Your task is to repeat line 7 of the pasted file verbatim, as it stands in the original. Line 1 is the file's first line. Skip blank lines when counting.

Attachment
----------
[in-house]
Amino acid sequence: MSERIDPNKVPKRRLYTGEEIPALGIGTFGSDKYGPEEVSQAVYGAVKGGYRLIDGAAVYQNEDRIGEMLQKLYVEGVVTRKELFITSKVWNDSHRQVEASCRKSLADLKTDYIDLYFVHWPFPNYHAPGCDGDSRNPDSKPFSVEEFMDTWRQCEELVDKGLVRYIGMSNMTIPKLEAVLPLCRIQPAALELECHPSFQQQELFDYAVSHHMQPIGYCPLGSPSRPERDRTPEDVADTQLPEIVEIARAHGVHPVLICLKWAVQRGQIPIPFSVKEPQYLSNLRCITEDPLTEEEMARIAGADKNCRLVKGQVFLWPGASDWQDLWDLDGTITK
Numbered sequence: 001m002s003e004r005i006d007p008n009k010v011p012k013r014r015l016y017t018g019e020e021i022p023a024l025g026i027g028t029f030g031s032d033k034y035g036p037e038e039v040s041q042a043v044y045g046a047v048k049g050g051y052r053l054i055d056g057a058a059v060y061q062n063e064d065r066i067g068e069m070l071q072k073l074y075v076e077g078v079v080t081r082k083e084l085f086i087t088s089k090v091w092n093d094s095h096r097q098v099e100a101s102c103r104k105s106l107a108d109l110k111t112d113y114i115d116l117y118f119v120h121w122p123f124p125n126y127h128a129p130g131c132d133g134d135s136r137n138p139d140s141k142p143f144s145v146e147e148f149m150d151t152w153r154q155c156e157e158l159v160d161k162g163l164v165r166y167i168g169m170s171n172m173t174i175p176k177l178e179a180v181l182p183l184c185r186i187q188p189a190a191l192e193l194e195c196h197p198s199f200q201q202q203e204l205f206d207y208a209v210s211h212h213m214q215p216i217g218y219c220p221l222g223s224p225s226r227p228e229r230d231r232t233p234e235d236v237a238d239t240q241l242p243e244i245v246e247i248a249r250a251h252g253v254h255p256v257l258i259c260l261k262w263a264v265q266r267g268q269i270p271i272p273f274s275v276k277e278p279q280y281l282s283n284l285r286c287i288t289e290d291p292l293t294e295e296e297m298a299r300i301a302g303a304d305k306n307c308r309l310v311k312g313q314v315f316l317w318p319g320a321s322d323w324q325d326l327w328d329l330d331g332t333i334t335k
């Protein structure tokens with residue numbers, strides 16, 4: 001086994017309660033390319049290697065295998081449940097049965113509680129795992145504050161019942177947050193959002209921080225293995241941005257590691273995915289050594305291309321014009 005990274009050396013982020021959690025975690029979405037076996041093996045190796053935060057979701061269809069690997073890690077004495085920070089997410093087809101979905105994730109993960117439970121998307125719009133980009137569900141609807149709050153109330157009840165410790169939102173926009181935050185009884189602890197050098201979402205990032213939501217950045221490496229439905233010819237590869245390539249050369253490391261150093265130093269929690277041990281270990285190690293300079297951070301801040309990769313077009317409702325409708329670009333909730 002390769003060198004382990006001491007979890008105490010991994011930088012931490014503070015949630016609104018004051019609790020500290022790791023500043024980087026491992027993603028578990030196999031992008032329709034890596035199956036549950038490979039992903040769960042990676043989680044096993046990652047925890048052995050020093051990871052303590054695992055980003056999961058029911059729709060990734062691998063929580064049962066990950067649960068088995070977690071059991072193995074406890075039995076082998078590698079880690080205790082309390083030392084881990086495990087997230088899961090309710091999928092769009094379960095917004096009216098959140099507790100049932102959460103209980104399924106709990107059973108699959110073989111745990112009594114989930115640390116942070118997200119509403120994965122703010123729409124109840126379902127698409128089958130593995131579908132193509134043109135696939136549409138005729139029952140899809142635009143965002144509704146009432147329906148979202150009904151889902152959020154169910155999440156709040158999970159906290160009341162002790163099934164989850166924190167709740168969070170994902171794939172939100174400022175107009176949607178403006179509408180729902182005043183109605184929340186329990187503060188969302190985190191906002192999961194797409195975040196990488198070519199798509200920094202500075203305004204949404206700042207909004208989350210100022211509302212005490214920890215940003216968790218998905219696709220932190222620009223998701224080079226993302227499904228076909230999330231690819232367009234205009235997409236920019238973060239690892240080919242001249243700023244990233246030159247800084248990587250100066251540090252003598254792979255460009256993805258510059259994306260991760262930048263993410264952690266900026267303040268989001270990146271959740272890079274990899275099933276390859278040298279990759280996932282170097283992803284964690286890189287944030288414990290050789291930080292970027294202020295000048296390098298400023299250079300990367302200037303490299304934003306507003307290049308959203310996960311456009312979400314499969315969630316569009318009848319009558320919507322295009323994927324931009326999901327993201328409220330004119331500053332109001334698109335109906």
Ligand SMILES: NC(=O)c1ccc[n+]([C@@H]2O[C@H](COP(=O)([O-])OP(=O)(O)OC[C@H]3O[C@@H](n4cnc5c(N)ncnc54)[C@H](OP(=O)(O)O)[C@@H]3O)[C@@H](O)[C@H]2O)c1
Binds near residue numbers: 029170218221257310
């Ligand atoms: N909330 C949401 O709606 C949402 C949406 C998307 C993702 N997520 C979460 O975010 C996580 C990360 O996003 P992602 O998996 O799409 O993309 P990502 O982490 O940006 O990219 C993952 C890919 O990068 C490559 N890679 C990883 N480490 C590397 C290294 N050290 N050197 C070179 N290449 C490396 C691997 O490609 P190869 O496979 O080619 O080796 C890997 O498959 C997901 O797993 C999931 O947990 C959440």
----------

């Ligand atoms: N909330 C949401 O709606 C949402 C949406 C998307 C993702 N997520 C979460 O975010 C996580 C990360 O996003 P992602 O998996 O799409 O993309 P990502 O982490 O940006 O990219 C993952 C890919 O990068 C490559 N890679 C990883 N480490 C590397 C290294 N050290 N050197 C070179 N290449 C490396 C691997 O490609 P190869 O496979 O080619 O080796 C890997 O498959 C997901 O797993 C999931 O947990 C959440």